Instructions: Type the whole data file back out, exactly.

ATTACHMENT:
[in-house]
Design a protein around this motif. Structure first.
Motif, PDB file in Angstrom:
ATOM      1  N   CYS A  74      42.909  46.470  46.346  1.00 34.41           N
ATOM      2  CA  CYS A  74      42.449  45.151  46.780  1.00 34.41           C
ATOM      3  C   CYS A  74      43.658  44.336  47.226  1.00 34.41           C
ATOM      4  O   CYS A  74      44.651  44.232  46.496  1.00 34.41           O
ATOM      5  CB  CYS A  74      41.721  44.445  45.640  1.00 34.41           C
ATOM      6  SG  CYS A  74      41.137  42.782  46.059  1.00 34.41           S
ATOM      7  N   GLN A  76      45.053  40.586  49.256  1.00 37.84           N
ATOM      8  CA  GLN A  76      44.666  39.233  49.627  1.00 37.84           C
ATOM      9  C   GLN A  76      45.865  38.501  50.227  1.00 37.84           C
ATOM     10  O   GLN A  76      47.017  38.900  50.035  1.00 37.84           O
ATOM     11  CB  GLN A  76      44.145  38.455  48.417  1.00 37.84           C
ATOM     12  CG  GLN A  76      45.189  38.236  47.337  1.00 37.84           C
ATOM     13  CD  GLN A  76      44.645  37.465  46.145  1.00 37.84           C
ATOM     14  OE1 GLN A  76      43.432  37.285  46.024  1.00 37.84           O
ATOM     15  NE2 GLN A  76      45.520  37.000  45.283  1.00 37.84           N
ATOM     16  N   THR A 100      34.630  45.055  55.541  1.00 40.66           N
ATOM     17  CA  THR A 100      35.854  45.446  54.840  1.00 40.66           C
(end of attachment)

[in-house]
Design a protein around this motif. Structure first.
Motif, PDB file in Angstrom:
ATOM      1  N   CYS A  74      42.909  46.470  46.346  1.00 34.41           N
ATOM      2  CA  CYS A  74      42.449  45.151  46.780  1.00 34.41           C
ATOM      3  C   CYS A  74      43.658  44.336  47.226  1.00 34.41           C
ATOM      4  O   CYS A  74      44.651  44.232  46.496  1.00 34.41           O
ATOM      5  CB  CYS A  74      41.721  44.445  45.640  1.00 34.41           C
ATOM      6  SG  CYS A  74      41.137  42.782  46.059  1.00 34.41           S
ATOM      7  N   GLN A  76      45.053  40.586  49.256  1.00 37.84           N
ATOM      8  CA  GLN A  76      44.666  39.233  49.627  1.00 37.84           C
ATOM      9  C   GLN A  76      45.865  38.501  50.227  1.00 37.84           C
ATOM     10  O   GLN A  76      47.017  38.900  50.035  1.00 37.84           O
ATOM     11  CB  GLN A  76      44.145  38.455  48.417  1.00 37.84           C
ATOM     12  CG  GLN A  76      45.189  38.236  47.337  1.00 37.84           C
ATOM     13  CD  GLN A  76      44.645  37.465  46.145  1.00 37.84           C
ATOM     14  OE1 GLN A  76      43.432  37.285  46.024  1.00 37.84           O
ATOM     15  NE2 GLN A  76      45.520  37.000  45.283  1.00 37.84           N
ATOM     16  N   THR A 100      34.630  45.055  55.541  1.00 40.66           N
ATOM     17  CA  THR A 100      35.854  45.446  54.840  1.00 40.66           C